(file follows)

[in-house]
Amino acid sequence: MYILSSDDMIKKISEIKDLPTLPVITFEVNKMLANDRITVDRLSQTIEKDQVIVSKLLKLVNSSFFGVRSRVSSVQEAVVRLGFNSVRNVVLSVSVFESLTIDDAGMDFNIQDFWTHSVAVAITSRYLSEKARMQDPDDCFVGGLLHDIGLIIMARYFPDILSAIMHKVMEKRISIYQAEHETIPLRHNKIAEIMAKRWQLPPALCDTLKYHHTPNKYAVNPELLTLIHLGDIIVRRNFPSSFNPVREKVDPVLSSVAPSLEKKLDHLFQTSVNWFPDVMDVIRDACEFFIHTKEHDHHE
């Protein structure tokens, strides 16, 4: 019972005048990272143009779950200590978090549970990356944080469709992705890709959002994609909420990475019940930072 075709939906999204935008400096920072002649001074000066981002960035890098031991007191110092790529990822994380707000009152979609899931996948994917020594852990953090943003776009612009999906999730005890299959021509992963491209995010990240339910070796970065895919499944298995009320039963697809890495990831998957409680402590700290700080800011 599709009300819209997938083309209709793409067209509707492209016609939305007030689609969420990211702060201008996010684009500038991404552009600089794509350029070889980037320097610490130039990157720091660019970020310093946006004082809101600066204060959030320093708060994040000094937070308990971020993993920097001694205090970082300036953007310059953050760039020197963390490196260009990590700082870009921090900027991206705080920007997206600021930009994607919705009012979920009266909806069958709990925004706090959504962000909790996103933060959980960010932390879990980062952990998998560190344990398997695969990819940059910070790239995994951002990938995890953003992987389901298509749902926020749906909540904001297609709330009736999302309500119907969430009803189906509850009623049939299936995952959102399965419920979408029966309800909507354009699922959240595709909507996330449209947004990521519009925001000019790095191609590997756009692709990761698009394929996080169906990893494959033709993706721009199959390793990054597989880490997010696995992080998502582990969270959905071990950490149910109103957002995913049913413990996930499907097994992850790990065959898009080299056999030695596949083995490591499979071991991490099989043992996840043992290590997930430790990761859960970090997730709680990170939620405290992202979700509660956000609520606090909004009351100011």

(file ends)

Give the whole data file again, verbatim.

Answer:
[in-house]
Amino acid sequence: MYILSSDDMIKKISEIKDLPTLPVITFEVNKMLANDRITVDRLSQTIEKDQVIVSKLLKLVNSSFFGVRSRVSSVQEAVVRLGFNSVRNVVLSVSVFESLTIDDAGMDFNIQDFWTHSVAVAITSRYLSEKARMQDPDDCFVGGLLHDIGLIIMARYFPDILSAIMHKVMEKRISIYQAEHETIPLRHNKIAEIMAKRWQLPPALCDTLKYHHTPNKYAVNPELLTLIHLGDIIVRRNFPSSFNPVREKVDPVLSSVAPSLEKKLDHLFQTSVNWFPDVMDVIRDACEFFIHTKEHDHHE
């Protein structure tokens, strides 16, 4: 019972005048990272143009779950200590978090549970990356944080469709992705890709959002994609909420990475019940930072 075709939906999204935008400096920072002649001074000066981002960035890098031991007191110092790529990822994380707000009152979609899931996948994917020594852990953090943003776009612009999906999730005890299959021509992963491209995010990240339910070796970065895919499944298995009320039963697809890495990831998957409680402590700290700080800011 599709009300819209997938083309209709793409067209509707492209016609939305007030689609969420990211702060201008996010684009500038991404552009600089794509350029070889980037320097610490130039990157720091660019970020310093946006004082809101600066204060959030320093708060994040000094937070308990971020993993920097001694205090970082300036953007310059953050760039020197963390490196260009990590700082870009921090900027991206705080920007997206600021930009994607919705009012979920009266909806069958709990925004706090959504962000909790996103933060959980960010932390879990980062952990998998560190344990398997695969990819940059910070790239995994951002990938995890953003992987389901298509749902926020749906909540904001297609709330009736999302309500119907969430009803189906509850009623049939299936995952959102399965419920979408029966309800909507354009699922959240595709909507996330449209947004990521519009925001000019790095191609590997756009692709990761698009394929996080169906990893494959033709993706721009199959390793990054597989880490997010696995992080998502582990969270959905071990950490149910109103957002995913049913413990996930499907097994992850790990065959898009080299056999030695596949083995490591499979071991991490099989043992996840043992290590997930430790990761859960970090997730709680990170939620405290992202979700509660956000609520606090909004009351100011």